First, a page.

Clinical trials of this probiotic as an accompanying treatment for pre-term premature rupture of membranes (PPROM) alongside antibiotics resulted in an extended period of time between exposure to the pathogen and when symptoms first appear.
As a result the baby’s gestational age was prolonged by three weeks, contributing to the increased birth weight when compared to the control group.
PPROM is considered the cause for almost one third of pre-term deliveries and the risk of complications such as cord compression, respiratory distress syndrome and even neonatal death increases following PPROM. Textbook treatment involves the administration of glucocorticoids and antibiotics to PPROM cases before 34 weeks.
In this study a blend of Lactobacillus rhamnosus and L. gasseri at 1x108 Colony Forming Units (CFU) contained within the 'Ecovag'-branded capsule, showed a significant reduction in antibiotic side-effects.
Antibiotic use has been linked to the perturbation of normal vaginal microbiota and the possible overgrowth of virulent microorganisms, which increases the risk of infection.
The research team, based at the National and Kapodistrian University of Athens in Greece conducted a randomised trial of cases with PPROM (24–34 weeks) that were admitted to the hospital’s department between 2011 and 2015.
49 cases received vaginal probiotics for 10 days in combination with antibiotic prophylaxis and were compared to 57 others that received only antibiotics for the same time period.
Results showed that the mean gestational age at birth (35.49 vs. 32.53 weeks), the mean duration of the latency period (5.60 vs. 2.48 weeks), and the mean birth weight (2,439.08 vs. 2,004.81 g) were significantly higher in the study group in comparison to the controls.
The association between the presence of lactobacilli and the protection from infections is not completely understood, according to Dr George Daskalakis of the Alexandra Maternity Hospital at the National and Kapodistrian University of Athens in Greece.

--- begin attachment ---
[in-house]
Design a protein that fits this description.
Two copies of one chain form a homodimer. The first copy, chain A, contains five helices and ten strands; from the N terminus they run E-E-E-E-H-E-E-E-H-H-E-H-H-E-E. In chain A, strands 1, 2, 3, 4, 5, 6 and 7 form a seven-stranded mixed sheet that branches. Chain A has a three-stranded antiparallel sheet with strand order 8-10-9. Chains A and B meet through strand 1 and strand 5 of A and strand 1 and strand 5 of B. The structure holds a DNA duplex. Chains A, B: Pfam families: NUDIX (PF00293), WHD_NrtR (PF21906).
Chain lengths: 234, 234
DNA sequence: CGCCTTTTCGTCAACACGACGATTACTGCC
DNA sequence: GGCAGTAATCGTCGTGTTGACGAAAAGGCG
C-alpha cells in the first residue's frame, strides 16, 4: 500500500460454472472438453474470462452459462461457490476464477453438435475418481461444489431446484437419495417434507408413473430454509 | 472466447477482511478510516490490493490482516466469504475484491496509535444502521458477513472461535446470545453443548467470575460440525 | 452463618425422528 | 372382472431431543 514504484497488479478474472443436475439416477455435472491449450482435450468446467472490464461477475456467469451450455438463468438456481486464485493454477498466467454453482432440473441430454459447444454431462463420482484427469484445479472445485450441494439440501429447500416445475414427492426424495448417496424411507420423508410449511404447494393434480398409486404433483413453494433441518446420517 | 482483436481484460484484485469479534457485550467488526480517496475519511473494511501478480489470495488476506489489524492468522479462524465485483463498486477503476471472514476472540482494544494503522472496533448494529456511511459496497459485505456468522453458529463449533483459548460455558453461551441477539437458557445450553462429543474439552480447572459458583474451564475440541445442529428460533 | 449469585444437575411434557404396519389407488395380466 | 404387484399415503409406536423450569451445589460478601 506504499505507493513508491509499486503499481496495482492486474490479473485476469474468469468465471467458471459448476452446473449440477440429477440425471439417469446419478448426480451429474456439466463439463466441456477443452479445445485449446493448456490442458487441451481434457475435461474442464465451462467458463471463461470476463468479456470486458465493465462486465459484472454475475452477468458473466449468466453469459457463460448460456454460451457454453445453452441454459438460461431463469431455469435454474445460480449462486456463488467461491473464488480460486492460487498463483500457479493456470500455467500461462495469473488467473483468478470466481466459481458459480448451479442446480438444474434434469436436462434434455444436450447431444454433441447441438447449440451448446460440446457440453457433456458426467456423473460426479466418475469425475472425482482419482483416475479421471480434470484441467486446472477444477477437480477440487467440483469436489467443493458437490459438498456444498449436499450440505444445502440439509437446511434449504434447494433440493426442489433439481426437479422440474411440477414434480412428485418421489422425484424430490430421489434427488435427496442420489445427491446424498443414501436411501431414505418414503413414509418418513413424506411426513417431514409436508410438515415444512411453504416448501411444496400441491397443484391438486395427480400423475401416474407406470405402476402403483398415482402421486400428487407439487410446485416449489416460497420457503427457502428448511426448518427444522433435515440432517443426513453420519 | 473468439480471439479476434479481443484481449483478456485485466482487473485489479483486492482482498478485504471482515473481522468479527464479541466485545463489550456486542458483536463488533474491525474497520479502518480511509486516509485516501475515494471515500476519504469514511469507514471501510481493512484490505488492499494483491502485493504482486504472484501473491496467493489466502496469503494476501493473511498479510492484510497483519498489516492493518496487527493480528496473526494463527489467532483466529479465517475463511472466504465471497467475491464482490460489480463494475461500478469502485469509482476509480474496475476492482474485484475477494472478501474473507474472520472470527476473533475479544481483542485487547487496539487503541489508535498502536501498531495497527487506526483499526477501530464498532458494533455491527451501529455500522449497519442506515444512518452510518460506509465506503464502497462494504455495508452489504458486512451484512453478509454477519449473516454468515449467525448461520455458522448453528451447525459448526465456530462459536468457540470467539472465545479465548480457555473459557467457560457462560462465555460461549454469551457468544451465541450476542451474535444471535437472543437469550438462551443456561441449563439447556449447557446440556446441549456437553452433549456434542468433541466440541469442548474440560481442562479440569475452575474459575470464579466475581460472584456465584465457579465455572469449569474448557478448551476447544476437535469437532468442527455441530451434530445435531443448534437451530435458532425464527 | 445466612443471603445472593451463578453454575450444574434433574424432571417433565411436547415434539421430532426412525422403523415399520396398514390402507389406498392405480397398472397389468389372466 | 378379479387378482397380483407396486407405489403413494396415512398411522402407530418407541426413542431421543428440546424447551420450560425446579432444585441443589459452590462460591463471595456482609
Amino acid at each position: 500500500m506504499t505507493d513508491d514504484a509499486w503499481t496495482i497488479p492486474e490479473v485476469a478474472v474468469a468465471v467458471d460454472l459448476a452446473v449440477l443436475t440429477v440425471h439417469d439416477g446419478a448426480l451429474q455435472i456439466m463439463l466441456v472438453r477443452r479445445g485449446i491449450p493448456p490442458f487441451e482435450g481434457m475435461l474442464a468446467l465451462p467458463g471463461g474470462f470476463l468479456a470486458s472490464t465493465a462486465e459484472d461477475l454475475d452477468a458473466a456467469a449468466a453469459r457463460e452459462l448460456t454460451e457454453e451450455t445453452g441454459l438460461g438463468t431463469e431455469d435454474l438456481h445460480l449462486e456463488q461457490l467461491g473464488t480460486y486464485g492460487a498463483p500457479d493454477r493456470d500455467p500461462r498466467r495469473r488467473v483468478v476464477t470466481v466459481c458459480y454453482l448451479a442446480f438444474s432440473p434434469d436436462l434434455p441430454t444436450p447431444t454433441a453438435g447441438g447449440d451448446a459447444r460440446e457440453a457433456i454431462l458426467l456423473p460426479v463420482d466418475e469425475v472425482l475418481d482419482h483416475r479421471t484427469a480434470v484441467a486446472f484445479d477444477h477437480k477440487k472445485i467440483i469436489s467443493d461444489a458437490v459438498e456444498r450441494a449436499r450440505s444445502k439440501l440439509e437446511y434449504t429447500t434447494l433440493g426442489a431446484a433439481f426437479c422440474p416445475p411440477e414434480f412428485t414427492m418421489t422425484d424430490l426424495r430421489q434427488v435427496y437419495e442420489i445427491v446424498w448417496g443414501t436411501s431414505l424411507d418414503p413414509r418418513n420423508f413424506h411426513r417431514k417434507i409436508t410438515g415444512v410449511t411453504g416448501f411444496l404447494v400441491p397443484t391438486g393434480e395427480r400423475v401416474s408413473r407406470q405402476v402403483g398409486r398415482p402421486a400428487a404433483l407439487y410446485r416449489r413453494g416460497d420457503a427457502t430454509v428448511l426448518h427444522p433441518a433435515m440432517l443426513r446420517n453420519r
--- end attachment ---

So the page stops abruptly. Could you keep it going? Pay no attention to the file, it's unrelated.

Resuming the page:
Lactobacilli and gut protection
One explanation has pointed to lactobacilli as responsible for creating a hostile environment that prevents genital tract infections to thrive. It does this by reducing the vaginal pH from the metabolism of the mucosal glycogen and the production of lactic acid.
In addition, the lactobacilli may compete for nutrients with other potentially harmful microorganisms, which are also eliminated by the secretion of antibacterial substances.
“PPROM is responsible for one third of all preterm deliveries worldwide,” said Daskalakis. “Based on the clinical data, we believe that probiotics can be used as an adjunct to antibiotics or following antibiotics in PPROM cases, as they may restore the vaginal microbiota and thus prolong pregnancy."
"What seems to be promising is that this specific Lactobacilli strains given trans-vaginally can prolong the latency period after PPROM.”
There are a number of studies that show that probiotics may have beneficial effects on pregnancy outcome by reducing the risk of gestational diabetes and preeclampsia and by improving infant immunity.
A recent Cochrane review concluded that while the effectiveness of probiotics for the prevention of prematurity was not conclusive, the transvaginal use of probiotics reduced the risk of genital infections by 81%.
“Evidence is increasing that a healthy vaginal microbiota contributes positively to conception and to overall pregnancy health,” said Erik Brandsborg, chief scientific officer at Ecovag manufacturer, Bifodan.
Source: Fetal Diagnosis and Therapy
Published online ahead of print, DOI: 10.1159/000450995
'Vaginal Probiotic Administration in the Management of Preterm Premature Rupture of Membranes.'
Authors: George Daskalakis, Alexis Karambelas